Larry King (L) and Brandon McInerney (R)
Larry King (L) and Brandon McInerney (R) Family handout

A teen from southern California who shot dead a 15-year-old gay classmate he believed was flirting with him has pleaded guilty to second-degree murder.

Brandon McInerney was 14 when he brought a handgun into E.O. Green Junior High School in Oxnard and shot classmate Larry King twice as he sat at a computer.

McInerney, now 17, admitted the murder charge, voluntary manslaughter and use of a firearm under a plea. He is set to spend the next 21 years in prison, serving 11 years for manslaughter and 10 years for the use of a firearm, according to the district attorney's office. His formal sentencing is set for December 19.

The plea follows a mistrial earlier this year when McInerney was tried for murder as an adult. Five jurors voted to convict him of murder while seven voted for manslaughter.

During the first trial, prosecutors tried to portray McInerney as a homophobe and a budding white supremacist who was enraged by King's sexuality and the way he dressed.

McInerney's attorneys had argued that King, who was openly gay, had made sexual advances against their client.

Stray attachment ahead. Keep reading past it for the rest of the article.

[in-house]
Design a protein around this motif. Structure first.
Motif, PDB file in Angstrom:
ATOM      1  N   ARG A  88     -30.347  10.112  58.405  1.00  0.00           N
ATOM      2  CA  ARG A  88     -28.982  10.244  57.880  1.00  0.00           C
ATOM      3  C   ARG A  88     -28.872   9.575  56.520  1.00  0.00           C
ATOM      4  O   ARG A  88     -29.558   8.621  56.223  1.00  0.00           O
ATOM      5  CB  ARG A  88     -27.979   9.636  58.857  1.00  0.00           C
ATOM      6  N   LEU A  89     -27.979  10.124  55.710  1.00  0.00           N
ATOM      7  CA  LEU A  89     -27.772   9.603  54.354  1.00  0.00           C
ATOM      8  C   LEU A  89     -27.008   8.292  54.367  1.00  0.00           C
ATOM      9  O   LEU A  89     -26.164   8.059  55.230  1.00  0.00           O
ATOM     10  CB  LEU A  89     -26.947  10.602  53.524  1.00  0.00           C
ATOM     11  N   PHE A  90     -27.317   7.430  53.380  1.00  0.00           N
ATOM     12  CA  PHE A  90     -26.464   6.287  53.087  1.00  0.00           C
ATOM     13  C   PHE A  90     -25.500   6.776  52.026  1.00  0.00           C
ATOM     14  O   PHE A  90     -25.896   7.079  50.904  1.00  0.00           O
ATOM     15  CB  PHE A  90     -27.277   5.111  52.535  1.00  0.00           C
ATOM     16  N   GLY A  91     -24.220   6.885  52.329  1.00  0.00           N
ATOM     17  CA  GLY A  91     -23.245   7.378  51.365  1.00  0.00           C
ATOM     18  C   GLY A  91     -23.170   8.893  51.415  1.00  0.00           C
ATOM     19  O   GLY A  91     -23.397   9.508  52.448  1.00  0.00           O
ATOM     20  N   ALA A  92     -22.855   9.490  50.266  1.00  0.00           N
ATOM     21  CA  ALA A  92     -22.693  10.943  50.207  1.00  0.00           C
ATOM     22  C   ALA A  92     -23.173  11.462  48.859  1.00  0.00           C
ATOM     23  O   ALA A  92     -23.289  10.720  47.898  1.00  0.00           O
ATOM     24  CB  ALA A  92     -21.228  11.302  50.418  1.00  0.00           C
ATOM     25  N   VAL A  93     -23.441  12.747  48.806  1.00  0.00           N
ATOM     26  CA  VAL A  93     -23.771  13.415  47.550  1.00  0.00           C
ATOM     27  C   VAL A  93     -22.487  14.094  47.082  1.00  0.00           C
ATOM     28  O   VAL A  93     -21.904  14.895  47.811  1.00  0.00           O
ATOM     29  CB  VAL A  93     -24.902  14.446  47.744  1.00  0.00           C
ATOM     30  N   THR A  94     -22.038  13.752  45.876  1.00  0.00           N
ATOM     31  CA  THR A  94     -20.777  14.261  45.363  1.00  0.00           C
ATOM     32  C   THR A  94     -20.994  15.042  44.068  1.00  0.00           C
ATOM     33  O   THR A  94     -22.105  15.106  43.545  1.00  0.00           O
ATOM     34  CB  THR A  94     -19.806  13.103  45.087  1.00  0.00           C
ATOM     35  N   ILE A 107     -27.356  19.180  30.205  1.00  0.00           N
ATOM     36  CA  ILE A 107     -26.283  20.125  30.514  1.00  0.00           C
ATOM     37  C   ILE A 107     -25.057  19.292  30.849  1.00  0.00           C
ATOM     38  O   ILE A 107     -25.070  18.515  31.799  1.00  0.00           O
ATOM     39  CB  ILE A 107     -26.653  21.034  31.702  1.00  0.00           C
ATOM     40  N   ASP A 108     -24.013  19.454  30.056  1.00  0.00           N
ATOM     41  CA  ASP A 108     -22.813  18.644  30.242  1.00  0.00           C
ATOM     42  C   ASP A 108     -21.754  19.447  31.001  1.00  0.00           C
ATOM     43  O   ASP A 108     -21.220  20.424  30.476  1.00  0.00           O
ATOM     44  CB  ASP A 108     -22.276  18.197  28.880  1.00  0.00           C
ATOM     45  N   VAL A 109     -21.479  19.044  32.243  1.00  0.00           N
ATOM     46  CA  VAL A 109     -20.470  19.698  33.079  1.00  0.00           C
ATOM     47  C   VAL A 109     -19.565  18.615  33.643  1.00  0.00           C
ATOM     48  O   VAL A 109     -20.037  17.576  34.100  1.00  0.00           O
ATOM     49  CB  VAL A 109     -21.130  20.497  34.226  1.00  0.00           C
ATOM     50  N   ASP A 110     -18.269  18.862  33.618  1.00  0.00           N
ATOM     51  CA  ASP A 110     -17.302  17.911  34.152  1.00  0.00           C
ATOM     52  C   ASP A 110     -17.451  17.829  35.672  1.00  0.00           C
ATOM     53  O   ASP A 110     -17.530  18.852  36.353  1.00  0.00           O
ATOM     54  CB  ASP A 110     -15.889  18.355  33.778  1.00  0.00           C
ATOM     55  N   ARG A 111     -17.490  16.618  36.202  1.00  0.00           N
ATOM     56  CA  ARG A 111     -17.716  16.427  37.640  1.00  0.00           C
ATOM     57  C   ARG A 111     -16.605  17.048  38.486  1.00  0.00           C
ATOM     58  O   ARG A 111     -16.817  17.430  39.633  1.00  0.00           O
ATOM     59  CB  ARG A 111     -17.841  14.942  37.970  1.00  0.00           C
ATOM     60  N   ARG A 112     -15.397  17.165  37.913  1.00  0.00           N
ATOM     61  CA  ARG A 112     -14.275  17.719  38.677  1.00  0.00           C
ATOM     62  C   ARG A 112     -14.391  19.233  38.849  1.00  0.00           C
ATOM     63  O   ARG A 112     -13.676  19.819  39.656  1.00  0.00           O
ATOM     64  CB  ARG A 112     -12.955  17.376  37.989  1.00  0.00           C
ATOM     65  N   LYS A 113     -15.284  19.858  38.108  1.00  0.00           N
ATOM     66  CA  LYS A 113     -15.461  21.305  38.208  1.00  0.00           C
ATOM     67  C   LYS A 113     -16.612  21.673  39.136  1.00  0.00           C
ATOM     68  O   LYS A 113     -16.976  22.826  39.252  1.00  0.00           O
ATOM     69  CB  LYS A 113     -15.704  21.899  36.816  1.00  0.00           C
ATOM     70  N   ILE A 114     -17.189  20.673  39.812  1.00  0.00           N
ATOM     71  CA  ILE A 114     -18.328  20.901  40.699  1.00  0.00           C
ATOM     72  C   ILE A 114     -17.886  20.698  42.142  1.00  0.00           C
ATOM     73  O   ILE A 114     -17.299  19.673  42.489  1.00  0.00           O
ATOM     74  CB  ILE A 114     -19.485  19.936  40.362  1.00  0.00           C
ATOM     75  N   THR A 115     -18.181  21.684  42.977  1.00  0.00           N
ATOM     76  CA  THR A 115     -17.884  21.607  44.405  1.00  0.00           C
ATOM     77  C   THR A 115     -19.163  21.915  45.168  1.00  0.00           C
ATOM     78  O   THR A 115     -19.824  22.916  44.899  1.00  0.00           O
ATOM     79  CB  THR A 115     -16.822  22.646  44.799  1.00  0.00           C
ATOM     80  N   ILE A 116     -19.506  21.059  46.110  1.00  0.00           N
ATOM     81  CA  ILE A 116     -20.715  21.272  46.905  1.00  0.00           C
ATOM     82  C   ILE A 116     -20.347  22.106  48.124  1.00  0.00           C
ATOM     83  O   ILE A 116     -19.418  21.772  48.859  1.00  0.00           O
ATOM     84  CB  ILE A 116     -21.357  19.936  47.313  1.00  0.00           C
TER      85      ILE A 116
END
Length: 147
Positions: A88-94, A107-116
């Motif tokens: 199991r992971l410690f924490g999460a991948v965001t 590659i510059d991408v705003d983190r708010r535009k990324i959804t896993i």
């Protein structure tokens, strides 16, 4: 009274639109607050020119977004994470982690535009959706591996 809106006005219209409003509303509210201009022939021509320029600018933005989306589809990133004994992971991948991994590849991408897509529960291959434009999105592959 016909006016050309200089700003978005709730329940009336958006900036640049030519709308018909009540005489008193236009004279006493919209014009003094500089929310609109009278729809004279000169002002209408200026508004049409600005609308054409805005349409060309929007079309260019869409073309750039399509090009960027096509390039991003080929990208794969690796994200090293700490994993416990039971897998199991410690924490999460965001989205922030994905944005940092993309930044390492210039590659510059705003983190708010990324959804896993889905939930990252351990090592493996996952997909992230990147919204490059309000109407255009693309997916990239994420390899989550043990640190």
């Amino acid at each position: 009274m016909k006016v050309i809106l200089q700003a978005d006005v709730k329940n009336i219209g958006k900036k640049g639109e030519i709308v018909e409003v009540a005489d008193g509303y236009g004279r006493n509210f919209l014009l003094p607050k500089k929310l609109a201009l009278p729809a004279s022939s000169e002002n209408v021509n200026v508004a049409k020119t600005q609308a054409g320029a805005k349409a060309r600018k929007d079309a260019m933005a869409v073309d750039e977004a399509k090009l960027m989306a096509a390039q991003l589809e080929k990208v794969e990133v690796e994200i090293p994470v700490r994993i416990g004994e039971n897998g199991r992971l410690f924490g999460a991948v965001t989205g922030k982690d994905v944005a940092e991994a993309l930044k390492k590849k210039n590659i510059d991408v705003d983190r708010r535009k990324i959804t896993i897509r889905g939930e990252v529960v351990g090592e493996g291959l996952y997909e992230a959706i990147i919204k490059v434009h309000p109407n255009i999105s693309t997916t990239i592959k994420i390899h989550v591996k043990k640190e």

His lawyer did not try to deny that his client pulled the trigger and shot him in the back of the head and once more as he lay on the floor, but that the teenager had reached an emotional breaking point over these unwanted sexual advances.

Larry King's father, Greg King, told KABC-TV he understands why prosecutors agreed to the plea deal.

"I don't think that 21-year sentence is justice for my son, but I understand the reality that was facing the DA of trying to convict a defendant who was 14 ... when he committed the murder," Greg King said.

"He will serve the entire 21 years without time off for good behaviour and will not receive time off his sentence for the three years and nine months he has spent in juvenile hall before sentencing," the prosecutor's office said, concluding that he'd then serve nearly 25 years total.

McInerney will not be sentenced for the second-degree murder charge.

"It's very unorthodox," McInerney's attorney Robyn Bramson said to Reuters. "Both sides wanted to resolve it for various reasons, and this was just our way of getting to something that was tolerable for both sides."